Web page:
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Neonatal neurobehavior associated with developmental changes from age 2 to 3 in very preterm infants.

OBJECTIVE: Understand how high-risk infants' development changes over time. Examine whether NICU Network Neurobehavioral Scale (NNNS) profiles are associated with decrements in developmental outcomes between ages 2 and 3 years in infants born very preterm.

STUDY DESIGN: The Neonatal Outcomes for Very preterm Infants (NOVI) cohort is a multisite prospective study of 704 preterm infants born <30 weeks' gestation across nine university and VON affiliated NICUs. Data included infant neurobehavior measured by NNNS profiles at NICU discharge and the Bayley Scales of Infant and Toddler Development (BSID-III) at ages 2 and 3 years. Generalized estimating equations tested associations between NNNS profiles and BSID-III composite score changes between ages 2 and 3 years.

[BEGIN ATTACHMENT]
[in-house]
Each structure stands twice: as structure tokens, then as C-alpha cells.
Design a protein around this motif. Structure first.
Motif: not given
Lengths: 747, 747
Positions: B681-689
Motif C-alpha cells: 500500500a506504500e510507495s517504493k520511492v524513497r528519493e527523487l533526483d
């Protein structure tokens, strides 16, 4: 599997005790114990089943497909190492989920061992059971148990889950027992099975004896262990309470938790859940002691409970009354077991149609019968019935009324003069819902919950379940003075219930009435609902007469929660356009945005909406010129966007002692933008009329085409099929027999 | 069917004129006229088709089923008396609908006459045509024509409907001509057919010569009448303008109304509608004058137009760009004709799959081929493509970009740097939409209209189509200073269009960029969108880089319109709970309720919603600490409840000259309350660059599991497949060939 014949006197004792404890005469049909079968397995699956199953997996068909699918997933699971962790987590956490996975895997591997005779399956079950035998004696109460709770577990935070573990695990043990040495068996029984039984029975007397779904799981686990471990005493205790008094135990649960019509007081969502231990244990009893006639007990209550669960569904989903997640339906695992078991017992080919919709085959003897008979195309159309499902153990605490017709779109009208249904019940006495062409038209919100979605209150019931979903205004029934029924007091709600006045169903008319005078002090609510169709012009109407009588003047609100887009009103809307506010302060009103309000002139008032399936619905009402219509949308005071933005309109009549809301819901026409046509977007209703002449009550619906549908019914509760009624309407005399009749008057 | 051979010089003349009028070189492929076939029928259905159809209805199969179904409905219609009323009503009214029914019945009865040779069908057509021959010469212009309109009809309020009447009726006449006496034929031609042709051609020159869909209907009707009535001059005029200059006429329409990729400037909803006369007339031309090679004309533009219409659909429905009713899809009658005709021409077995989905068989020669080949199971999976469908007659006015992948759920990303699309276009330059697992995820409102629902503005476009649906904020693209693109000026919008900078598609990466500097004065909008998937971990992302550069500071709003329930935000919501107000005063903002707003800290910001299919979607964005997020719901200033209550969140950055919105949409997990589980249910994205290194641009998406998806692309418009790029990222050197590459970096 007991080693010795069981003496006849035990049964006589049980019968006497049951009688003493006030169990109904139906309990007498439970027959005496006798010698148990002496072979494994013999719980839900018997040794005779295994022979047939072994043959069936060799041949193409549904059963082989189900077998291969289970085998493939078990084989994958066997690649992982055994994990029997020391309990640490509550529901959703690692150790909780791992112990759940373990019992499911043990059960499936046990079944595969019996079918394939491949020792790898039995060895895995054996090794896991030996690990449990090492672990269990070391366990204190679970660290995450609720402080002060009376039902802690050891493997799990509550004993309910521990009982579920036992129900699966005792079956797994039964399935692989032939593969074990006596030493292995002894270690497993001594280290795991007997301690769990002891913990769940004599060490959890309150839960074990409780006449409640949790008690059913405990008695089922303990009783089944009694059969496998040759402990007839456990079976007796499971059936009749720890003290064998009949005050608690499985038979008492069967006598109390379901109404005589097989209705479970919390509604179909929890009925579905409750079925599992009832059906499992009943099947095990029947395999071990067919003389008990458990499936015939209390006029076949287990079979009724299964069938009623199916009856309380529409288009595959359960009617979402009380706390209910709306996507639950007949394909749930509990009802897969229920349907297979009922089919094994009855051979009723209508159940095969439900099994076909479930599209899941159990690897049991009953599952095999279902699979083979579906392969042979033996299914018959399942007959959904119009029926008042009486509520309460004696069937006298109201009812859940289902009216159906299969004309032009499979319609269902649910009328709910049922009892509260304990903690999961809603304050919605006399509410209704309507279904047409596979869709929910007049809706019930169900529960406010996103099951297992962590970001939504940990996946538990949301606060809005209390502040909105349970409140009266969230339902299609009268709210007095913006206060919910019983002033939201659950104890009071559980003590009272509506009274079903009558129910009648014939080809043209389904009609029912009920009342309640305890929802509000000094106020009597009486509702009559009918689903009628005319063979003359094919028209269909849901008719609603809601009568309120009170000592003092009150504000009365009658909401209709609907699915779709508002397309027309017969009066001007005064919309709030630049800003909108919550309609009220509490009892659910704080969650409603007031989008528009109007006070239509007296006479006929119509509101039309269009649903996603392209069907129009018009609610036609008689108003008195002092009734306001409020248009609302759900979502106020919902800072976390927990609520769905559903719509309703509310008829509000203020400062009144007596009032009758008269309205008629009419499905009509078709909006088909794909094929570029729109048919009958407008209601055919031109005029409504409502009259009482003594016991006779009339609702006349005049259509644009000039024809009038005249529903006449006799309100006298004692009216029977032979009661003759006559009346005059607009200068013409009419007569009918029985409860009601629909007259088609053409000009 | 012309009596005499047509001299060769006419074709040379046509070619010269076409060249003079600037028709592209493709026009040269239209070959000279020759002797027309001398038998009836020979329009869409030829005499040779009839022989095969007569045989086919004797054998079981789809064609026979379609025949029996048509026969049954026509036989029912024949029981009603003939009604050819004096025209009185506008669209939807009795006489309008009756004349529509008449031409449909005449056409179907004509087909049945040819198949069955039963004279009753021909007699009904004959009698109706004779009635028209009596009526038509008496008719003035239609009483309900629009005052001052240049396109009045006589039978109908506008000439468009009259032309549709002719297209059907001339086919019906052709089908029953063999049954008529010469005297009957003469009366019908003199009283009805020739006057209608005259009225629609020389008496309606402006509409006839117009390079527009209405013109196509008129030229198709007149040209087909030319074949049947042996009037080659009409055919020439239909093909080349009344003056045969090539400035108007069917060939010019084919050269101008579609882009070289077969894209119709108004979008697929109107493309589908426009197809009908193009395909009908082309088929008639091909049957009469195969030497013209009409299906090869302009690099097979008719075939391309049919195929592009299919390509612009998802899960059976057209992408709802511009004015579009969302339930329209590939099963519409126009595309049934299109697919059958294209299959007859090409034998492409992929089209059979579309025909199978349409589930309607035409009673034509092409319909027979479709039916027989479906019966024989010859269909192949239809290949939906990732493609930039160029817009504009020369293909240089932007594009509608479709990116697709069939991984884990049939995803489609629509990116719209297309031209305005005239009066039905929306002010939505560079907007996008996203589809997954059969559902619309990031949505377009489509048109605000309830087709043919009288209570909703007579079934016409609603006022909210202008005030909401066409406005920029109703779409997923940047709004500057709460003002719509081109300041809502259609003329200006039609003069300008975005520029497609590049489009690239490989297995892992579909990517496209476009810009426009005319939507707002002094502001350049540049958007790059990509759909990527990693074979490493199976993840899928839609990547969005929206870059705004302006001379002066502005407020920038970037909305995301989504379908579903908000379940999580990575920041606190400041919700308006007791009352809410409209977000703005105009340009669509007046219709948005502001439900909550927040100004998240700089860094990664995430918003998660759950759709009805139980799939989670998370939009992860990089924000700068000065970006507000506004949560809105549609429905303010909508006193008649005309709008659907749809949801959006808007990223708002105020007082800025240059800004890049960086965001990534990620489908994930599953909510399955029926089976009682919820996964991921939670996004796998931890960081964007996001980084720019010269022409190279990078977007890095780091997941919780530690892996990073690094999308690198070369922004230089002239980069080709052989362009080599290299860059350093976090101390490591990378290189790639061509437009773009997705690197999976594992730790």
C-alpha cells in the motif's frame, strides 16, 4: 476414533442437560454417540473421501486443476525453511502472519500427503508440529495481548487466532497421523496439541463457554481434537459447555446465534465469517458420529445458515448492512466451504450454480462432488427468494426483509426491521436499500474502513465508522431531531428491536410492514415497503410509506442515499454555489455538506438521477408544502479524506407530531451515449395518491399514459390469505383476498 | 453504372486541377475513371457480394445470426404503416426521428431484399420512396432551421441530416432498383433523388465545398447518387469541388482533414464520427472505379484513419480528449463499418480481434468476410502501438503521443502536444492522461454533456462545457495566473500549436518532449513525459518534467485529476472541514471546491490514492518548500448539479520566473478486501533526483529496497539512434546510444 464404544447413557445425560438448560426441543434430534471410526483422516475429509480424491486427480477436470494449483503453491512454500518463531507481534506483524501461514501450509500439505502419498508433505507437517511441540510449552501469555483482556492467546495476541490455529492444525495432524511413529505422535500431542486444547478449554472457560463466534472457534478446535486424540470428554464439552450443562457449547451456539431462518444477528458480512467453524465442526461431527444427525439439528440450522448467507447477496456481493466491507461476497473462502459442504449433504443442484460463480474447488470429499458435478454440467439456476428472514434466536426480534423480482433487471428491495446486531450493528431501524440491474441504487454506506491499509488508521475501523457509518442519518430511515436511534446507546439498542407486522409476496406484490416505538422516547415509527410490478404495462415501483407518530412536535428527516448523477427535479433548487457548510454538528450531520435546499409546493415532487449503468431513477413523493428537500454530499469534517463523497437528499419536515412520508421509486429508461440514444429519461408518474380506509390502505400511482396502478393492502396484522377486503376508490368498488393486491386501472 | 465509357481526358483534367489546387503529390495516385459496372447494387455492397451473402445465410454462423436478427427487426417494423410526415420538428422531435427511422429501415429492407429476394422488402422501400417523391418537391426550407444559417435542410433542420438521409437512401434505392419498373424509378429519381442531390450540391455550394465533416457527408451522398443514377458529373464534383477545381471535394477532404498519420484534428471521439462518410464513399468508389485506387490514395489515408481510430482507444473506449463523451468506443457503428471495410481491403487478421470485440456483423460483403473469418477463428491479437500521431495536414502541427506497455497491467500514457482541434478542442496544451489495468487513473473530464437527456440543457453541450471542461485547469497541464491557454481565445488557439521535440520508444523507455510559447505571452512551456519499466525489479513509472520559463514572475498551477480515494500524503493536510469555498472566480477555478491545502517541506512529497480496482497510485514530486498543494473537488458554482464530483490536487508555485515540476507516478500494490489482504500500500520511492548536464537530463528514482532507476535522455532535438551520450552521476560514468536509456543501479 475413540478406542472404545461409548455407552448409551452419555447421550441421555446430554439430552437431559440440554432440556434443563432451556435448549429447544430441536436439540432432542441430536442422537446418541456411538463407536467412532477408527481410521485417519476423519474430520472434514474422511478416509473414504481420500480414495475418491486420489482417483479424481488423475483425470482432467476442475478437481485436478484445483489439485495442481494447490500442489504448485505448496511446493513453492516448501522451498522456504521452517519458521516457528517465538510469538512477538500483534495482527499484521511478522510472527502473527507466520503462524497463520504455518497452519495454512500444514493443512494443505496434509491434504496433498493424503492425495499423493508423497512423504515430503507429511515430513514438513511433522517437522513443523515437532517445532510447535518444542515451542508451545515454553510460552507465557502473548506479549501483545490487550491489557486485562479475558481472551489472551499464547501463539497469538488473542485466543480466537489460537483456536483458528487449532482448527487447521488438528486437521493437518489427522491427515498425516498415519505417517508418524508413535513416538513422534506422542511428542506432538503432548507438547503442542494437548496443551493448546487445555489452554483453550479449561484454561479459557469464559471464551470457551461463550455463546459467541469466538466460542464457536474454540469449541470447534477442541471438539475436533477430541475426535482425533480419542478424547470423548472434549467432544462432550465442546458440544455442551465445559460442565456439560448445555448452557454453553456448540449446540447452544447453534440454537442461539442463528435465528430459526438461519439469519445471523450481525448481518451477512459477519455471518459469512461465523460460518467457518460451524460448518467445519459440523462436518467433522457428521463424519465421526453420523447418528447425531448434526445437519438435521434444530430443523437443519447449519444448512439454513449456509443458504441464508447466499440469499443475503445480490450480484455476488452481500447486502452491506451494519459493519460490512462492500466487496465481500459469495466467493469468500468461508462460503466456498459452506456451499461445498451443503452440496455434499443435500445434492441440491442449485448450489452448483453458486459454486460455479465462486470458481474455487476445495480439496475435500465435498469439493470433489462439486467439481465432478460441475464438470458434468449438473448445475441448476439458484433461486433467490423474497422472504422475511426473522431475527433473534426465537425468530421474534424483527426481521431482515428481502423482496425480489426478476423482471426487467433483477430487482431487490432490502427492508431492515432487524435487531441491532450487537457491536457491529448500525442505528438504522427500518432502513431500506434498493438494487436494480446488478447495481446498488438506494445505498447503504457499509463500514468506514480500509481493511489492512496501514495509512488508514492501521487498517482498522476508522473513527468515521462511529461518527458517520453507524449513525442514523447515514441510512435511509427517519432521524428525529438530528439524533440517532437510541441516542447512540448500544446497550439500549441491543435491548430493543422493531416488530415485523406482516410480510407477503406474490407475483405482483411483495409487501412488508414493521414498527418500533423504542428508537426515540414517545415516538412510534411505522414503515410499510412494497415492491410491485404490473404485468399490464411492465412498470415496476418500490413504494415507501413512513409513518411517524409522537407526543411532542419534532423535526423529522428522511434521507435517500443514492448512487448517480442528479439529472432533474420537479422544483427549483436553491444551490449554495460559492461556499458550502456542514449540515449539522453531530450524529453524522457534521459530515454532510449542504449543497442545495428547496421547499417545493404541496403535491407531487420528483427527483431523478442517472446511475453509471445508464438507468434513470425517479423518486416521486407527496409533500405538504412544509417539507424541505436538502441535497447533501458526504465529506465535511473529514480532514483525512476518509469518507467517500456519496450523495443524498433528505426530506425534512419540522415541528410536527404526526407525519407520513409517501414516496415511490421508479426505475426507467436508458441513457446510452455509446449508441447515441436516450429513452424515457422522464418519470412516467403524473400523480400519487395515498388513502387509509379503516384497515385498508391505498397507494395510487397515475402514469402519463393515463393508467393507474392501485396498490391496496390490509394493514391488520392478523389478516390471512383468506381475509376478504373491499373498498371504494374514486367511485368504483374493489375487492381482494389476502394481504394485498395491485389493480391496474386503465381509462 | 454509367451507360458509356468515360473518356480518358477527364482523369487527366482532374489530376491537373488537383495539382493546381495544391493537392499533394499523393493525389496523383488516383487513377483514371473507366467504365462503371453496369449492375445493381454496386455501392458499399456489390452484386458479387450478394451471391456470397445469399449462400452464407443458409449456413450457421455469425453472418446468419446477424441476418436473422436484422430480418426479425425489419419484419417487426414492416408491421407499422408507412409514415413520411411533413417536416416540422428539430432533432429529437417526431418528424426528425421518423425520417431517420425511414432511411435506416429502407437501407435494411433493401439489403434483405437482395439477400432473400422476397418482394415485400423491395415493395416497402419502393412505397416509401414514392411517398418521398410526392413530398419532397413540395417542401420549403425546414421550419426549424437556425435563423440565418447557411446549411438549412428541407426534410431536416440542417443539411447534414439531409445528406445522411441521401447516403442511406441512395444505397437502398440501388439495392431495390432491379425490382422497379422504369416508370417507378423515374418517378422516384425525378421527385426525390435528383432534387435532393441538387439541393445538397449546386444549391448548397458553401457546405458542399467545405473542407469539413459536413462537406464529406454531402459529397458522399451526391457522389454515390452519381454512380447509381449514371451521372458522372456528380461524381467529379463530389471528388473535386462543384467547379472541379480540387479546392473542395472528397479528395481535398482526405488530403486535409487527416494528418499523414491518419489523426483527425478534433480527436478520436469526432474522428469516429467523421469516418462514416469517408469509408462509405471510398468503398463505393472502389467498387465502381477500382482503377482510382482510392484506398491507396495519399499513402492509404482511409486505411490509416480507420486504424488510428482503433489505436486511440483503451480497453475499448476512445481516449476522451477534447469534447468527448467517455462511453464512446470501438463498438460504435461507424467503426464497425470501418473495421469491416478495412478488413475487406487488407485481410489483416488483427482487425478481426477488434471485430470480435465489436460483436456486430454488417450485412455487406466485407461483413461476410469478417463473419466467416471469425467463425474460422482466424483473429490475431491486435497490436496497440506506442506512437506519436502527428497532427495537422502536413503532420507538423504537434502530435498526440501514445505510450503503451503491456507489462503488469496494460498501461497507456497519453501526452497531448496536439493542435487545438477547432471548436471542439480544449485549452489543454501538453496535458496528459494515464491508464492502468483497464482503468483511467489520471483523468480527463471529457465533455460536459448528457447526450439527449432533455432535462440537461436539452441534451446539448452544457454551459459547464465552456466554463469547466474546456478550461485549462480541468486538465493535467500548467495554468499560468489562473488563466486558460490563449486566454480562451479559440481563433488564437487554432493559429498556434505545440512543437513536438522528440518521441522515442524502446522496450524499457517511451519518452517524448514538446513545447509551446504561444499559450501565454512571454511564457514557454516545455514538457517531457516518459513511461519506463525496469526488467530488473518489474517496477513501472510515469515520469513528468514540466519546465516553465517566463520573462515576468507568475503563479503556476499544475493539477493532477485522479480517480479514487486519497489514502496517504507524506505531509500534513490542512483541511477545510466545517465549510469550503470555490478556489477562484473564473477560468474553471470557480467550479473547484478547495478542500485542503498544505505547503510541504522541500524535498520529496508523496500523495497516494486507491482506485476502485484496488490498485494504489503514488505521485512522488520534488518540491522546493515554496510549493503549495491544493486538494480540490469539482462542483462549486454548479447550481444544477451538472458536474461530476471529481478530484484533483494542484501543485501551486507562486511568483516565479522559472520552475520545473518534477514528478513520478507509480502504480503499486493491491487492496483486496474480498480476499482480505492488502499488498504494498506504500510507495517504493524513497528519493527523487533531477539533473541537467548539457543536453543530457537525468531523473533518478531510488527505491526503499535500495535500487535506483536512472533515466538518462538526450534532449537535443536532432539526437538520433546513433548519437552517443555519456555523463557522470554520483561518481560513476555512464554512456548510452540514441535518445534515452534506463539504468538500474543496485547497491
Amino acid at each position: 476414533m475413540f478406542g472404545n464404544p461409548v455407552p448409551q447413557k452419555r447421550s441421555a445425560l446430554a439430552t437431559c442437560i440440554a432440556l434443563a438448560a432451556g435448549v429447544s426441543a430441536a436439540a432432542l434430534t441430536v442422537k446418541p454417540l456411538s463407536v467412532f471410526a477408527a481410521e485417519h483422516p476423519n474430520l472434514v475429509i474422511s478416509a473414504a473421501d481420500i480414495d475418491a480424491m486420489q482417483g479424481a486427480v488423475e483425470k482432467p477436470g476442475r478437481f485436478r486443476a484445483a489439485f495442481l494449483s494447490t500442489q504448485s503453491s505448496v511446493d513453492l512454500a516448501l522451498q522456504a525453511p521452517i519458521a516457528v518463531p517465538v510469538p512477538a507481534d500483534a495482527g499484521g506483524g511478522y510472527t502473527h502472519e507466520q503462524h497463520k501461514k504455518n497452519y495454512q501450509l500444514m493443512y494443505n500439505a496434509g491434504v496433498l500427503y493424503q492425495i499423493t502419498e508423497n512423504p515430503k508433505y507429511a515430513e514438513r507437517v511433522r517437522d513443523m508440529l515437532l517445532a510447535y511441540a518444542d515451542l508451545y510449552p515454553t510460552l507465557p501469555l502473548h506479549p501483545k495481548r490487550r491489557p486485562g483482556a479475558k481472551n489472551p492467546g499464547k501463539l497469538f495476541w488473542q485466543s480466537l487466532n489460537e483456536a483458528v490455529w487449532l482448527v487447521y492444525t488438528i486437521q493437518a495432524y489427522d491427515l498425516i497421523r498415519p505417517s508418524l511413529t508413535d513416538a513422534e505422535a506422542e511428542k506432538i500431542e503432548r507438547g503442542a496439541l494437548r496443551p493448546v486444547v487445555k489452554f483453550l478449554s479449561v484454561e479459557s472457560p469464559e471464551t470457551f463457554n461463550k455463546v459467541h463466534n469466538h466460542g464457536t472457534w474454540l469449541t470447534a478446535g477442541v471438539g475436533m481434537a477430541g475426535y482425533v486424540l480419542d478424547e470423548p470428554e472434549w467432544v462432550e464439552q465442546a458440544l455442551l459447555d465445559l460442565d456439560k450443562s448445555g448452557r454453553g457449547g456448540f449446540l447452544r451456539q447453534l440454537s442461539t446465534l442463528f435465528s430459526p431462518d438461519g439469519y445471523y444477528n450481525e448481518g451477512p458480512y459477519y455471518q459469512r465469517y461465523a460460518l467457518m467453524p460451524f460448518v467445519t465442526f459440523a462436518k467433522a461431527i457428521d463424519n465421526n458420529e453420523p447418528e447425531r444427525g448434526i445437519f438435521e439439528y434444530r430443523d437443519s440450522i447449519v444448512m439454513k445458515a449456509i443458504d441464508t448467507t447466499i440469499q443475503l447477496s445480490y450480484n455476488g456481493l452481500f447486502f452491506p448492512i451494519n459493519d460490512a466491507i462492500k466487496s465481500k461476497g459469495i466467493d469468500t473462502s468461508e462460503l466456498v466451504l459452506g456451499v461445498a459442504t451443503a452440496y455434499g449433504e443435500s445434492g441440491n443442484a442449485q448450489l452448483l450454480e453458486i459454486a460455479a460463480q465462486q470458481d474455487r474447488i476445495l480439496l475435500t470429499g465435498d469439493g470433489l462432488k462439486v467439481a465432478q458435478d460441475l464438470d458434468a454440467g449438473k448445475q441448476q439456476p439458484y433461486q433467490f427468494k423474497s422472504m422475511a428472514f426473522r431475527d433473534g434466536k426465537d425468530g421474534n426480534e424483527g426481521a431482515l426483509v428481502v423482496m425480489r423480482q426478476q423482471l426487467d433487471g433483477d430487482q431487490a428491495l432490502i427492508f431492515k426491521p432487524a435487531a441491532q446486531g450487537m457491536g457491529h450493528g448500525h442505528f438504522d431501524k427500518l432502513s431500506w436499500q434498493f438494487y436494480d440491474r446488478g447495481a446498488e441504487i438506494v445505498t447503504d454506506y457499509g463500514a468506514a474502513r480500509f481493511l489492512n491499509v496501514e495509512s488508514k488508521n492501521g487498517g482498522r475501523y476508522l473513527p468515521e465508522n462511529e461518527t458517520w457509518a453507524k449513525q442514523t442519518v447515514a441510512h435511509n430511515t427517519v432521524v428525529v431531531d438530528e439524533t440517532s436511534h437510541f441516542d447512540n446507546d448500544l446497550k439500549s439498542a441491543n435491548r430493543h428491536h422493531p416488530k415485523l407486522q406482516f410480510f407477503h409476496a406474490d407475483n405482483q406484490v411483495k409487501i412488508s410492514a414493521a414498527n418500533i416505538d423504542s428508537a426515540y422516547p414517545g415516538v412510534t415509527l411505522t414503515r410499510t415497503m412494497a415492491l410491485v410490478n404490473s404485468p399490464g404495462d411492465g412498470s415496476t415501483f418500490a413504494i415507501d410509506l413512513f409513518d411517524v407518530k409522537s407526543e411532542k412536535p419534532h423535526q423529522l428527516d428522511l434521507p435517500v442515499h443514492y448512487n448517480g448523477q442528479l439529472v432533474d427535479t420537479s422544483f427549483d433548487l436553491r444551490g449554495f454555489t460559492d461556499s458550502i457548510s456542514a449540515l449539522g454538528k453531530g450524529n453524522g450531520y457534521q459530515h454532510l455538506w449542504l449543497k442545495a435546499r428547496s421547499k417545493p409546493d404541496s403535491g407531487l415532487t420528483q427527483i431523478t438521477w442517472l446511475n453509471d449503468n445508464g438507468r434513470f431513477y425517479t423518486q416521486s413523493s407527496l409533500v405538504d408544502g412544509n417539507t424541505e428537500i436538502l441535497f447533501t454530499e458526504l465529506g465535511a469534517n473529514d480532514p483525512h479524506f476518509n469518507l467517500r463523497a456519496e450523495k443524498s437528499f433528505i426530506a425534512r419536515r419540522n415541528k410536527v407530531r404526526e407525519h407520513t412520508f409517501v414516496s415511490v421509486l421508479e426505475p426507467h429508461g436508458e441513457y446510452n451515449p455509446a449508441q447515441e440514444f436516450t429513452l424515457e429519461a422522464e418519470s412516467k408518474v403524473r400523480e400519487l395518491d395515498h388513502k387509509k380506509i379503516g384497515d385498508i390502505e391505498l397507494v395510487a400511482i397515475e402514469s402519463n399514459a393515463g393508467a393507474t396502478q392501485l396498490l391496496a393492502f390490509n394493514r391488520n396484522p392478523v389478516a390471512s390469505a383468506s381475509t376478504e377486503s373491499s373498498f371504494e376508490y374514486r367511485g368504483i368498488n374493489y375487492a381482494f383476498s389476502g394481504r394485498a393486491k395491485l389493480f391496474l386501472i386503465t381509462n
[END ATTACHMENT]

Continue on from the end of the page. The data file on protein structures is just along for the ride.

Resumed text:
RESULTS: The final study sample included 433 infants with mean gestational age of 27 weeks at birth. Infants with dysregulated NNNS profiles were more likely to have decreases in BSID-III Cognitive (OR = 2.66) and Language scores (OR = 2.53) from age 2 to 3 years compared to infants with more well-regulated neurobehavioral NNNS profiles. Further, infants with more well-regulated NNNS profiles were more likely to have increases in BSID-III Cognitive scores (OR = 2.03), rather than no change, compared to infants with dysregulated NNNS profiles.

CONCLUSIONS AND RELEVANCE: Prior to NICU discharge, NNNS neurobehavioral profiles identified infants at increased risk for developing later language and cognitive challenges. Findings suggests that neonatal neurobehavior provides a unique, clinically significant contribution to the evaluation of very preterm infants to inform treatment planning for the most vulnerable.

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